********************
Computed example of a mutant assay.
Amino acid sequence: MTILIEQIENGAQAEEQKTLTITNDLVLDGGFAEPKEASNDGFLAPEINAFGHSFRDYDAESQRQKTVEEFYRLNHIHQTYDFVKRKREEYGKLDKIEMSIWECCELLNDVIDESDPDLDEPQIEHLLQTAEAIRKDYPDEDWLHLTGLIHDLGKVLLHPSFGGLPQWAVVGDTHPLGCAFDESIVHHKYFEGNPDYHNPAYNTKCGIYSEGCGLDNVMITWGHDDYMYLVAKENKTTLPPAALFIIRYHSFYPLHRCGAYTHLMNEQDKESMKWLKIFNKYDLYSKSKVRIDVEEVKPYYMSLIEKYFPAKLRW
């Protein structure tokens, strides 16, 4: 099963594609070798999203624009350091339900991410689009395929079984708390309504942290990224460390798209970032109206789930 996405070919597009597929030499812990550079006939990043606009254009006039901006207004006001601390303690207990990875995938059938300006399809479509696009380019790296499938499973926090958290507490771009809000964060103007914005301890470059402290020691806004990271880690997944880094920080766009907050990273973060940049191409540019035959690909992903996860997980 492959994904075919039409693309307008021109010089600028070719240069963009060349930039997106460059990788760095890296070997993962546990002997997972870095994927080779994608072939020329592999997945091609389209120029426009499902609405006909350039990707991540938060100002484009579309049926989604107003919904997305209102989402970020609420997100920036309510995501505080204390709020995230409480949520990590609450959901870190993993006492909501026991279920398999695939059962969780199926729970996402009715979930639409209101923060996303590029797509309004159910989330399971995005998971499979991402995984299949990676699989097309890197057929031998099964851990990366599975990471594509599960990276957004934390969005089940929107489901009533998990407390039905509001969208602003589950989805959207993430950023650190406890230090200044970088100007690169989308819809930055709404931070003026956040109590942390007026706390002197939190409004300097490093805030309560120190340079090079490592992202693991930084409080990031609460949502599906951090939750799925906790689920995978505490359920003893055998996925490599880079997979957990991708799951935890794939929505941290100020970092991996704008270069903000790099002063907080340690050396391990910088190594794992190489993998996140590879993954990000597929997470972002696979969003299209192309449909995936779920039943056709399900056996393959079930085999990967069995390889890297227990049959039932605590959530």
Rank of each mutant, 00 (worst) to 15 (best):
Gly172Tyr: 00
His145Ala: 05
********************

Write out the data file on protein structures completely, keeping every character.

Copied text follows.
Computed example of a mutant assay.
Amino acid sequence: MTILIEQIENGAQAEEQKTLTITNDLVLDGGFAEPKEASNDGFLAPEINAFGHSFRDYDAESQRQKTVEEFYRLNHIHQTYDFVKRKREEYGKLDKIEMSIWECCELLNDVIDESDPDLDEPQIEHLLQTAEAIRKDYPDEDWLHLTGLIHDLGKVLLHPSFGGLPQWAVVGDTHPLGCAFDESIVHHKYFEGNPDYHNPAYNTKCGIYSEGCGLDNVMITWGHDDYMYLVAKENKTTLPPAALFIIRYHSFYPLHRCGAYTHLMNEQDKESMKWLKIFNKYDLYSKSKVRIDVEEVKPYYMSLIEKYFPAKLRW
């Protein structure tokens, strides 16, 4: 099963594609070798999203624009350091339900991410689009395929079984708390309504942290990224460390798209970032109206789930 996405070919597009597929030499812990550079006939990043606009254009006039901006207004006001601390303690207990990875995938059938300006399809479509696009380019790296499938499973926090958290507490771009809000964060103007914005301890470059402290020691806004990271880690997944880094920080766009907050990273973060940049191409540019035959690909992903996860997980 492959994904075919039409693309307008021109010089600028070719240069963009060349930039997106460059990788760095890296070997993962546990002997997972870095994927080779994608072939020329592999997945091609389209120029426009499902609405006909350039990707991540938060100002484009579309049926989604107003919904997305209102989402970020609420997100920036309510995501505080204390709020995230409480949520990590609450959901870190993993006492909501026991279920398999695939059962969780199926729970996402009715979930639409209101923060996303590029797509309004159910989330399971995005998971499979991402995984299949990676699989097309890197057929031998099964851990990366599975990471594509599960990276957004934390969005089940929107489901009533998990407390039905509001969208602003589950989805959207993430950023650190406890230090200044970088100007690169989308819809930055709404931070003026956040109590942390007026706390002197939190409004300097490093805030309560120190340079090079490592992202693991930084409080990031609460949502599906951090939750799925906790689920995978505490359920003893055998996925490599880079997979957990991708799951935890794939929505941290100020970092991996704008270069903000790099002063907080340690050396391990910088190594794992190489993998996140590879993954990000597929997470972002696979969003299209192309449909995936779920039943056709399900056996393959079930085999990967069995390889890297227990049959039932605590959530």
Rank of each mutant, 00 (worst) to 15 (best):
Gly172Tyr: 00
His145Ala: 05